Welcome to our monthly "Origami Page". Origami is folding paper and ending up with delightful figures and models, such as flowers, boxes and animals. This feature will showcase a different origami model in each monthly issue, with diagrams and photos to help readers learn how to fold them. Most models use one square of paper, some use a rectangle, and others use more than one piece of paper.
This month's model is an example of modular origami, which consists of folding several pieces in exactly the same way, then interlocking them together to form a more complex shape. Usually glue is not necessary to hold everything together, but often a few small touches will insure that your model will stay together. Note: Don't add glue until you've put all eight pieces together to be sure they fit together evenly.
I don't recall who first showed me this model, so I don't know who the original designer is, but I diagrammed it from memory. The finished model needs eight squares of the same size paper. The most commonly found origami paper measures about 6" square, and if used for this wreath, your finished model will be almost 10.5" wide. If you cut 6" squares into 4 equal pieces of 3" each, the results will be a wreath about 5.25" wide. For results that can be used on a greeting card you'd need to use 2" squares, or smaller. Two-inch squares will give you a wreath a little larger than 3.5" wide. For a door decoration try using 12" squares to yield a model almost 24" wide. If you make one this large you can have fun adding decorative touches and personalize to taste.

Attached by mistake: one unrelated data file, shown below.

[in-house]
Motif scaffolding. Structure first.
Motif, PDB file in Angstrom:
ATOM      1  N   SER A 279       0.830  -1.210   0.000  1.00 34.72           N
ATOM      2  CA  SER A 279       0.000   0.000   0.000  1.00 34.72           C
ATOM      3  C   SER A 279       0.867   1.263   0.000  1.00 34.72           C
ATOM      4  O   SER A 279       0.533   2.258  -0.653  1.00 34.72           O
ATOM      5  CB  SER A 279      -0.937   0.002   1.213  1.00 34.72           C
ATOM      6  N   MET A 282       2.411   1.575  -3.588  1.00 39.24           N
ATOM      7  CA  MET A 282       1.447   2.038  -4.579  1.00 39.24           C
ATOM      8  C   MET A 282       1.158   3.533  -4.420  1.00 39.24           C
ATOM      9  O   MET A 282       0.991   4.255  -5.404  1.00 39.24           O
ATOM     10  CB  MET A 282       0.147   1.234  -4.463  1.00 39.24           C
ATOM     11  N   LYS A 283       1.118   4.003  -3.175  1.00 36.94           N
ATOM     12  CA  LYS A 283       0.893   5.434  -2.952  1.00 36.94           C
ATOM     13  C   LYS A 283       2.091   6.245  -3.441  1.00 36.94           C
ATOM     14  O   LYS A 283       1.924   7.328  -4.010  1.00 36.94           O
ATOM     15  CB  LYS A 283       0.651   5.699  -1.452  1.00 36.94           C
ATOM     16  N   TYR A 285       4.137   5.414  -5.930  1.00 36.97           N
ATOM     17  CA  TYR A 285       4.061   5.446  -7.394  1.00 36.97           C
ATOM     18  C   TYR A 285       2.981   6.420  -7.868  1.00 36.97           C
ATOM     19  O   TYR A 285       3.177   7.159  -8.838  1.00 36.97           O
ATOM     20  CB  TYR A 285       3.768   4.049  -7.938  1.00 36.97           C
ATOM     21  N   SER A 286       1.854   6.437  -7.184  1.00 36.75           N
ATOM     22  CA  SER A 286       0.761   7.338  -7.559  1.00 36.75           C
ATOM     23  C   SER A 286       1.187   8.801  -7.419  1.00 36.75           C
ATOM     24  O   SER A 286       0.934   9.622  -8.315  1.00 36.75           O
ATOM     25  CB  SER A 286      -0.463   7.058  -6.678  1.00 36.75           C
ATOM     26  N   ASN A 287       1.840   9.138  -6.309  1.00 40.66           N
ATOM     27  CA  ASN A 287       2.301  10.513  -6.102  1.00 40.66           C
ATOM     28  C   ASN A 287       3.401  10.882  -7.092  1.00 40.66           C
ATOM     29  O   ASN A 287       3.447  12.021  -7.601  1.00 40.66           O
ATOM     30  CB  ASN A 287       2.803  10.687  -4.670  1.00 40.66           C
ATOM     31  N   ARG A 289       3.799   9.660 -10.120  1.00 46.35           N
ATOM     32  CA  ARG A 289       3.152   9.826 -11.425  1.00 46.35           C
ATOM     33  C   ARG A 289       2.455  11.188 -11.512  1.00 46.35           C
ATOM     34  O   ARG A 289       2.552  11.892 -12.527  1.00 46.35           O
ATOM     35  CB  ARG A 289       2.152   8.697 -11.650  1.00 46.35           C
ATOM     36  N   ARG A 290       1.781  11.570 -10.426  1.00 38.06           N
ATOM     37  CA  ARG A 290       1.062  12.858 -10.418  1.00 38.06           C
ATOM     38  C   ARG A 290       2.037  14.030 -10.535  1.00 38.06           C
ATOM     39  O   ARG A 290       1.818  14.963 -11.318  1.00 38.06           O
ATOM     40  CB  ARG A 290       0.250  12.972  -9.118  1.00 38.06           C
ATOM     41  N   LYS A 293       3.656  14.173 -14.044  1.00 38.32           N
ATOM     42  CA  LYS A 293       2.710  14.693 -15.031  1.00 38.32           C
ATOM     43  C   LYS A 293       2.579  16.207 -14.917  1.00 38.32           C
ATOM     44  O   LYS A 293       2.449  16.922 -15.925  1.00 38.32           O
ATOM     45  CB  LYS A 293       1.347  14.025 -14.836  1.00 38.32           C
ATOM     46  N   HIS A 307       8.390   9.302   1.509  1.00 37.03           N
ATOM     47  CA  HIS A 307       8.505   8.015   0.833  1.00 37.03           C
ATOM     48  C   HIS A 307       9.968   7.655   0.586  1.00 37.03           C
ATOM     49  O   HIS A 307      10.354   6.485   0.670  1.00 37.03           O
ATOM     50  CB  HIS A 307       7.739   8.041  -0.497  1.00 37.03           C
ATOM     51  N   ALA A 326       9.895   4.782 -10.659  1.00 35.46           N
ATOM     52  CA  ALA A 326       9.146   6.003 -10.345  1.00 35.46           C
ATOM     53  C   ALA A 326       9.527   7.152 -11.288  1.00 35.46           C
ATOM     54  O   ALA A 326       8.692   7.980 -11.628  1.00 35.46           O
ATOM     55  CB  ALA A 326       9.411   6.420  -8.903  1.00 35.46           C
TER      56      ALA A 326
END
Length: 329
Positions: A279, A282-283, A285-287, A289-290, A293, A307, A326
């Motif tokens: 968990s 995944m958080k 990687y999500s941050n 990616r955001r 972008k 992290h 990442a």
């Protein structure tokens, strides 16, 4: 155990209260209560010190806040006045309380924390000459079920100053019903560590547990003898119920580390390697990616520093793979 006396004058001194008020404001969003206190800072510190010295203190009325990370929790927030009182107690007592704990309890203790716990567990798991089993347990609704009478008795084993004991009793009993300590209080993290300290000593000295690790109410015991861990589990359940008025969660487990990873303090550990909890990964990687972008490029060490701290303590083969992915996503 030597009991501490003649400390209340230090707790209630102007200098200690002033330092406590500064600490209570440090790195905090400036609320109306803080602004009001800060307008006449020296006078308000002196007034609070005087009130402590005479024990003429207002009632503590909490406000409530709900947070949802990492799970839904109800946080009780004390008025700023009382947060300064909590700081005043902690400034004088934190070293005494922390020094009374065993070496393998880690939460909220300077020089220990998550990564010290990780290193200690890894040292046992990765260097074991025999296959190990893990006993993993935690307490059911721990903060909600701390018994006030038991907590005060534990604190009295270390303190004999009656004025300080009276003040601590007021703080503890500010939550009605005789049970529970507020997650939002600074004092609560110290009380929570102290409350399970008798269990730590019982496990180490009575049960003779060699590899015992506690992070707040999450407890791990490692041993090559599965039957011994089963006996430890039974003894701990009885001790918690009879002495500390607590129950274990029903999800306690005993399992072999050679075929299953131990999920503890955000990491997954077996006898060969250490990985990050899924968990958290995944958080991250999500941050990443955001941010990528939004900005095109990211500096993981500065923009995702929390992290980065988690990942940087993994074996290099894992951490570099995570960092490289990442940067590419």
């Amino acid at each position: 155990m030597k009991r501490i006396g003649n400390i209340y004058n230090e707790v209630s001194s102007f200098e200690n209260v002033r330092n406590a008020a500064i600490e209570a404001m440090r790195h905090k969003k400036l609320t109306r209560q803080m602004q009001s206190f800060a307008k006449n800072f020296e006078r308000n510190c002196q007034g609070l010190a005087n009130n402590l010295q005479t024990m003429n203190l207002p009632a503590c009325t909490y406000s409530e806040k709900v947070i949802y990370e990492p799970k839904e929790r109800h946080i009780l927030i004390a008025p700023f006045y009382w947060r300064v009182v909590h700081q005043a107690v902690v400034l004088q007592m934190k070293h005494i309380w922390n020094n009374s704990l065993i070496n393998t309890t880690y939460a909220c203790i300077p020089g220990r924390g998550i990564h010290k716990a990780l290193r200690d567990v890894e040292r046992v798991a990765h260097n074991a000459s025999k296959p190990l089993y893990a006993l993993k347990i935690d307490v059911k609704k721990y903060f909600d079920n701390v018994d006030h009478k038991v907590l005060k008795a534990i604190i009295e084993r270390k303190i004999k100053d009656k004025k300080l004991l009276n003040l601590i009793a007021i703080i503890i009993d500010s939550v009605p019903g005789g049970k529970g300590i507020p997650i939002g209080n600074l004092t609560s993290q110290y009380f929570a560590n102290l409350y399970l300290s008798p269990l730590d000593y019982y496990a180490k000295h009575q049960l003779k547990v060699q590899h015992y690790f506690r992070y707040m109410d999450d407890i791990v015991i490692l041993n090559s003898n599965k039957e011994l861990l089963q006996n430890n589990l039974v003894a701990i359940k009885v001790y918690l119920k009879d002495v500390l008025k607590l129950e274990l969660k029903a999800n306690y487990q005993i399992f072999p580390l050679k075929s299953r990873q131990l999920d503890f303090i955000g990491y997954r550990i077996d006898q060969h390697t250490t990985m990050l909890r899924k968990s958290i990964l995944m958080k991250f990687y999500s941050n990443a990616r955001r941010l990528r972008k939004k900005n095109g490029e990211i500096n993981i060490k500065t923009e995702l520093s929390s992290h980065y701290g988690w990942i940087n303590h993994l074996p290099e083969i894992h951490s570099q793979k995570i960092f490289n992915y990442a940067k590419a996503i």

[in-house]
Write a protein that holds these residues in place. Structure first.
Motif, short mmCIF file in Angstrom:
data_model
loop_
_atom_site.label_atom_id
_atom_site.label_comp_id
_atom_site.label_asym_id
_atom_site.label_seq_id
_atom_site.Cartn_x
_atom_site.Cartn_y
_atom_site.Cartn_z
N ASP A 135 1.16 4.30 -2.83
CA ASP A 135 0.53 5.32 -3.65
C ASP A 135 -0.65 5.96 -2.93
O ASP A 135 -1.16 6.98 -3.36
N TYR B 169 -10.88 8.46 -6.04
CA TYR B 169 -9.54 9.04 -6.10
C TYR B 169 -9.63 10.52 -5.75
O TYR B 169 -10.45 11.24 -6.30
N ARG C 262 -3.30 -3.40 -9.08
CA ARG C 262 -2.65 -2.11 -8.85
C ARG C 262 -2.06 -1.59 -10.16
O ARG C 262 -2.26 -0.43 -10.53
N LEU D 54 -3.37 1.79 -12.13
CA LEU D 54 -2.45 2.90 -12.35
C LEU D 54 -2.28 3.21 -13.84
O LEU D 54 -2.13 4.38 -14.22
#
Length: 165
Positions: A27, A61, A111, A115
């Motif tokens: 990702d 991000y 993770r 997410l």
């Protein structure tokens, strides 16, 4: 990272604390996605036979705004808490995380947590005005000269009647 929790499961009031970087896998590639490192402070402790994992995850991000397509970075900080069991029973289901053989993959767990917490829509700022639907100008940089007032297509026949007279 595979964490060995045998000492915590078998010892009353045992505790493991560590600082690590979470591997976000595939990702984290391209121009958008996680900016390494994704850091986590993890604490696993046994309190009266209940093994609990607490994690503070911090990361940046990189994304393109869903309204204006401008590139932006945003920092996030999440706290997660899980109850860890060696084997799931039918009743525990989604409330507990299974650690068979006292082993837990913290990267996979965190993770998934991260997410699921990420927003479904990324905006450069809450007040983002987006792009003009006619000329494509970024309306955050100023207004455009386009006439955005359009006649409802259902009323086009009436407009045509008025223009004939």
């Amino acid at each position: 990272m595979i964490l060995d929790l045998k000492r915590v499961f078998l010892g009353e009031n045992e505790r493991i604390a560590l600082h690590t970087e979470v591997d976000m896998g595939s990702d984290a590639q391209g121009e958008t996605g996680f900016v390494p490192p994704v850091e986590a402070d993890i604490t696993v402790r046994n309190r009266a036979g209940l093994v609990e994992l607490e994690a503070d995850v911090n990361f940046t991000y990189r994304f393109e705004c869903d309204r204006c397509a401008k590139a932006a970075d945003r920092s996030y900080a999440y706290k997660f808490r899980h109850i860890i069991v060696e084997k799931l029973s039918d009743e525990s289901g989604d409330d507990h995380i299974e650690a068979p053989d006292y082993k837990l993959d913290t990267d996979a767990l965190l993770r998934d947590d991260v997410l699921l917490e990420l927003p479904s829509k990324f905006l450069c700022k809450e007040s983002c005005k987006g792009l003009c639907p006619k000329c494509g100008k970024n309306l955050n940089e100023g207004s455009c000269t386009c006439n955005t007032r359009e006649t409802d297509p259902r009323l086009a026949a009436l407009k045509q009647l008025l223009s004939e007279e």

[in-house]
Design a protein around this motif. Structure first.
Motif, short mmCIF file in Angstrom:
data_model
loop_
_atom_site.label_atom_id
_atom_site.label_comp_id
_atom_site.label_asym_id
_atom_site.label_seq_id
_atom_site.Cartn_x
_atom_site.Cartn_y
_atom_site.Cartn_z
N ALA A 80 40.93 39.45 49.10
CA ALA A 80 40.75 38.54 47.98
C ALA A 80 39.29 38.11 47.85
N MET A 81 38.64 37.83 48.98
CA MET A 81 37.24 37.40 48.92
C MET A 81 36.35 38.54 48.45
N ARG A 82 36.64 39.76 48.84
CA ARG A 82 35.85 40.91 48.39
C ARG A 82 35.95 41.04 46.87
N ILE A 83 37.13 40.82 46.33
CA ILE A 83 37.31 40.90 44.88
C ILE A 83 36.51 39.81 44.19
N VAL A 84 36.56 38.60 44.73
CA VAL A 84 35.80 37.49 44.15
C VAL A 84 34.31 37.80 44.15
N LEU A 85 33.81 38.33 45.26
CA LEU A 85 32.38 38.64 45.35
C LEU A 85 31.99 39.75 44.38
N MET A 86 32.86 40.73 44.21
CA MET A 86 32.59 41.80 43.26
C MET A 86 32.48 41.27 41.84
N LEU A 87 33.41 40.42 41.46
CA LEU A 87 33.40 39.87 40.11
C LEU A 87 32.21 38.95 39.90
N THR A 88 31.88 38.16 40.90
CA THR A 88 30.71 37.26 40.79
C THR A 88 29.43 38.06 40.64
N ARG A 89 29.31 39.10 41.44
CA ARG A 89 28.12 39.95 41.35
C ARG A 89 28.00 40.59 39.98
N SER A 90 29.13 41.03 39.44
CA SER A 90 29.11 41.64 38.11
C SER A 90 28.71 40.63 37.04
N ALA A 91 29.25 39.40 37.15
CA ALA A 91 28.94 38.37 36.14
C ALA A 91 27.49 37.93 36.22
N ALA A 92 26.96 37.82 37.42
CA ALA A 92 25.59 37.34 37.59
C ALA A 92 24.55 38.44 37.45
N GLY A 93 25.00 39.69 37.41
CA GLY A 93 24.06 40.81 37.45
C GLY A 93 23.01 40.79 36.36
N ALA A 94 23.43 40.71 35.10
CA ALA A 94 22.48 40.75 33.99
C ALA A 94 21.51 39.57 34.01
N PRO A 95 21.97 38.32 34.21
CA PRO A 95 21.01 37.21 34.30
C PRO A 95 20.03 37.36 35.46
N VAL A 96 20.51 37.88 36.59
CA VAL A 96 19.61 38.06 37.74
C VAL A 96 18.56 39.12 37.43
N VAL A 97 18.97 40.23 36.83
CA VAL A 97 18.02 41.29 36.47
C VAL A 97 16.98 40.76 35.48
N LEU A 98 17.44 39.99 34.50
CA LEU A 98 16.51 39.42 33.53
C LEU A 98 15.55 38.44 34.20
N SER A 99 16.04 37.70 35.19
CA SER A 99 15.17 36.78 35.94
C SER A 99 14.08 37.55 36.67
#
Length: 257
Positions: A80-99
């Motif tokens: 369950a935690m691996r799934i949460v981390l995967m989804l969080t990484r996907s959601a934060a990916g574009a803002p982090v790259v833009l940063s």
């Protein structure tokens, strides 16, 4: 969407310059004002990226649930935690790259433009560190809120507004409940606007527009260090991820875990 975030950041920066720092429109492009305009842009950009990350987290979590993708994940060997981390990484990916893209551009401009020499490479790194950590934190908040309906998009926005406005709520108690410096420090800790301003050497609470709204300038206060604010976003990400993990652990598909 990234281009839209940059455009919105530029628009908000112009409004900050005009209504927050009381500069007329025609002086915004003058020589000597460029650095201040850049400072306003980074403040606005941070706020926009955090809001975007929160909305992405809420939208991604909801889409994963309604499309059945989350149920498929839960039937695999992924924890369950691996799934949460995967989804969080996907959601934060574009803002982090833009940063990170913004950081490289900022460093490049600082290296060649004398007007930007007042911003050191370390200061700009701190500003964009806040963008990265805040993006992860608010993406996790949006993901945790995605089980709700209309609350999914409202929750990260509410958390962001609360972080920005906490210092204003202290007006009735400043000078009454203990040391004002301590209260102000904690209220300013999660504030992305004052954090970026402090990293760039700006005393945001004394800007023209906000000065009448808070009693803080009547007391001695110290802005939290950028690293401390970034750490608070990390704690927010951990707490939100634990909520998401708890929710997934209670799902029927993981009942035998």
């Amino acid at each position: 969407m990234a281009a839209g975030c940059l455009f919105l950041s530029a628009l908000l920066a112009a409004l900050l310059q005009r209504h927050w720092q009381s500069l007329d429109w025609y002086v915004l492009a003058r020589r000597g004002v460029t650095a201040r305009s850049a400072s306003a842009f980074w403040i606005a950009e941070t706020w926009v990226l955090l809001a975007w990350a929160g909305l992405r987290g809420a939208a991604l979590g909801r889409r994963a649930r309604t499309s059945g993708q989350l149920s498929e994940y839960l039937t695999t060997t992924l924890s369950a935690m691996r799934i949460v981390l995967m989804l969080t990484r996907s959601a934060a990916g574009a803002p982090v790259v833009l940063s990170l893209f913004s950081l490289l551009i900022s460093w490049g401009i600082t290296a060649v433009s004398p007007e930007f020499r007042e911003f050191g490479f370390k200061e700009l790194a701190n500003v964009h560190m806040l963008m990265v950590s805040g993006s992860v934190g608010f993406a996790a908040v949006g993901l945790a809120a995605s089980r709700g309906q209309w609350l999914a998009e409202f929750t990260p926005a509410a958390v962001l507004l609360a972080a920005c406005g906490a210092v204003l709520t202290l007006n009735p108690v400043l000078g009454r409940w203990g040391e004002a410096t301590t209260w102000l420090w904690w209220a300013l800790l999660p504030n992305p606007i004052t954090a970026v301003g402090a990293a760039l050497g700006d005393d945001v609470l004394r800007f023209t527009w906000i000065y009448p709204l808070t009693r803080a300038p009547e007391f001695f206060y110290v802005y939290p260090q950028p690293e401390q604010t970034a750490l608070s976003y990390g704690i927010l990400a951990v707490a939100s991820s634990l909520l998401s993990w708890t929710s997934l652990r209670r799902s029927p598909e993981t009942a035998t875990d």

Origami originated in ancient Asian cultures and has been adapted by contemporary artists worldwide to reflect their own cultures. Local artist Mary Ellen Palmeri has incorporated paper folding into many of her mixed media art paintings, and teaches origami classes locally and nationally. Some of her work can be seen in a Tucson Happenings feature here: Artist_Profile
Ms. Palmeri's original origami models have been published in books and magazines, she has been featured on broadcast media, and her mixed-media fine art works often include various original origami models. Origami LAFF (Lyric Arts Folding Fest) is a Tucson based club founded by Ms. Palmeri to provide a venue for sharing this art. The group meets monthly at a local library; for more details please contact the artist at firstname.lastname@example.org